Dickinson native named in energy sector 40 under 40
Dickinson native Sarita Schank was recently honored on Hart Energy’s 40 under 40 list, which highlights the leadership of exceptional individuals in the oil and gas industry.
Sarita Schank, 34, has been recognized by Hart Energy’s 40 under 40 program as an exemplar of entrepreneurial spirit, community engagement and creative problem solving in the fossil fuel industry.
Schank grew up north of Dickinson and is a member of Dickinson High School’s Class of 2005. As a DHS student, she competed in basketball and volleyball. Schank majored in accounting, graduated from the University of North Dakota in 2010 and found a job close to home.
“The oil industry was pretty hot at that time. I ended up getting a job like less than a mile from my house (in Dickinson) at Wyoming Casing Service,” she said during a phone interview with the Press. “That’s how I got my start in the oil and gas industry.”
Schank’s husband Garrett is also from Dickinson and an alumnus of Trinity High School, but they didn’t meet until college through a mutual friend when he was studying at NDSU in Fargo.
“We actually ended up studying abroad at the same school in Australia, and that’s where we really got to know each other,” she said, adding that her husband has been supportive of her career.
Schank is now the chief accounting officer of Momentum Minerals in Houston, where she lives with her husband and 3-year-old daughter Juliette. At Momentum Minerals, she is responsible for leading the human relations, acquisition, accounting and treasury functions of the organization. The company buys gas and oil royalties from landowners.
She shared some advice for young people seeking to make their way in the world of business.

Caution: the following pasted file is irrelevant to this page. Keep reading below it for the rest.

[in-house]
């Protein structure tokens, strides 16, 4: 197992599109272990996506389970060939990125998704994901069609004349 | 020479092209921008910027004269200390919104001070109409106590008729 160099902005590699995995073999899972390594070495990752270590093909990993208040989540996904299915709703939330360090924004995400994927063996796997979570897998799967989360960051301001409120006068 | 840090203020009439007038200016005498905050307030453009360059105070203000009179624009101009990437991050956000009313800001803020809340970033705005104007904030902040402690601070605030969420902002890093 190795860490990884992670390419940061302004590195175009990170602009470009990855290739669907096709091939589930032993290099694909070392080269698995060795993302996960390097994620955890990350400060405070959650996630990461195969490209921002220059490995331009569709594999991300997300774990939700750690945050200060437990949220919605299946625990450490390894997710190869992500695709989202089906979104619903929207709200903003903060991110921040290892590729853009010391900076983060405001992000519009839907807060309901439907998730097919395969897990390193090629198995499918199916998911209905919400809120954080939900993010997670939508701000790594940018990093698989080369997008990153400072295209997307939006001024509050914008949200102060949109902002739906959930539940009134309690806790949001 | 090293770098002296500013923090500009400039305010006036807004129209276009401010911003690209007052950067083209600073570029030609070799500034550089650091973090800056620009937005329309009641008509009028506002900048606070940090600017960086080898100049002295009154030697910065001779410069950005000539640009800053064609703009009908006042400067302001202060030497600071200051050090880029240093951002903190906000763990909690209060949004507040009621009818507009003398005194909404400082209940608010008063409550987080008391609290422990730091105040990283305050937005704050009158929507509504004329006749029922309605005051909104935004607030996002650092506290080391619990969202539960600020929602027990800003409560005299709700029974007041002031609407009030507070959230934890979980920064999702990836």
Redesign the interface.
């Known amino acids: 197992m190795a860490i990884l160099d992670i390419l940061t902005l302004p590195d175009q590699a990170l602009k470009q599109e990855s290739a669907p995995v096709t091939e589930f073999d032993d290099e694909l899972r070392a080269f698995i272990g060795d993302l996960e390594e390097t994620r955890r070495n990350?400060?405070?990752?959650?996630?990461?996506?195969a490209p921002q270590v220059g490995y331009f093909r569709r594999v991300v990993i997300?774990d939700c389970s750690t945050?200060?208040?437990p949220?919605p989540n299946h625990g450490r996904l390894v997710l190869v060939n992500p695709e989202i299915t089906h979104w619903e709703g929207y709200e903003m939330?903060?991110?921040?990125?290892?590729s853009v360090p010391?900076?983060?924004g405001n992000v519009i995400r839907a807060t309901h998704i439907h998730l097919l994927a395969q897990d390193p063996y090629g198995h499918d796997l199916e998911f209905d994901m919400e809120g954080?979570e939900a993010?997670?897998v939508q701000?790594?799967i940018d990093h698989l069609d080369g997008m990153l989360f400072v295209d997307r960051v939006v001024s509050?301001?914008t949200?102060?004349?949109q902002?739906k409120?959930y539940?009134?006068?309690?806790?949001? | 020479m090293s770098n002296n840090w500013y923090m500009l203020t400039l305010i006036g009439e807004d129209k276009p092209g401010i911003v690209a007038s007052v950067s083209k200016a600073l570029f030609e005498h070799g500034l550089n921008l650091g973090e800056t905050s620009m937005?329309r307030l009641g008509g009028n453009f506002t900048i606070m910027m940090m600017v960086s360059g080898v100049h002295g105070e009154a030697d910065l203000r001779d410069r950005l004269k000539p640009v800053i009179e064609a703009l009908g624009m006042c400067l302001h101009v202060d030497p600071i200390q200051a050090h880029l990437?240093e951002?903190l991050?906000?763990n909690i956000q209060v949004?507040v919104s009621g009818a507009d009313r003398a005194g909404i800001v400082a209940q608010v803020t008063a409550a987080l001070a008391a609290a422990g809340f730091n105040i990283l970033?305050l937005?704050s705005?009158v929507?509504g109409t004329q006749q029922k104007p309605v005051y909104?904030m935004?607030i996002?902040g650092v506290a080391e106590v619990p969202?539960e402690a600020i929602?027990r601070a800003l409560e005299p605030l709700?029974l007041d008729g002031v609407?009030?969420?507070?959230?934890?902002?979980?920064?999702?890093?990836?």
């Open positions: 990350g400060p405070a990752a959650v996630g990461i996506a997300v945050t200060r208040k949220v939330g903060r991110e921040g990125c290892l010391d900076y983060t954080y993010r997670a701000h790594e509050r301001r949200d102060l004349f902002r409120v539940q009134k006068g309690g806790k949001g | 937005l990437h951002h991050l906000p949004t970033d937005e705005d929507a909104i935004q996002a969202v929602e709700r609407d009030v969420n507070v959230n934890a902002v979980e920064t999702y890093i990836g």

“When I started at Apollo around 2014, I was hired as an accountant to help process their revenue. Then when we spun off (and became Momentum), we no longer had the Apollo back office to help us with our daily functions. They just kept asking me to do things. I kept just saying yes and figuring out how to do things,” Schank said. “Don’t be afraid to ask questions, even if you’re afraid to that it might be a dumb question because chances are, it’s not. I feel like that’s helped me so much. Just continue to ask questions until you get where you need to go… Eventually you’ll get the answer that you’re looking for.”
Adaptability is crucial to succeed in her field, Schank said in a Hart Energy press release .
“This industry is constantly evolving, and especially now during a consolidation period, leaders must be able to adjust to the changes and react with solutions. Leaders also need to be able to listen to others and understand the entirety of a problem before throwing themselves into it,” she said.
Schank believes oil and gas are beneficial to society and that they have been unfairly demonized.
“The oil and gas industry needs to take charge of the narrative regarding the benefits of oil and gas. These products drive the world and everything around us in our daily lives, yet the image around them has become so negative and even considered detrimental to society’s well being,” she said. “We need to do better at conveying the benefits of the products we produce to society and the economy."
According to a 2021 report from the U.S. Energy Information Administration, domestic energy consumption is 35% petroleum, 34% natural gas, 10% coal, 9% nuclear, 3% wind, 1.3% solar and 7.7% other renewables. Furthermore, 79% of all energy consumed in the United States is derived from fossil fuels.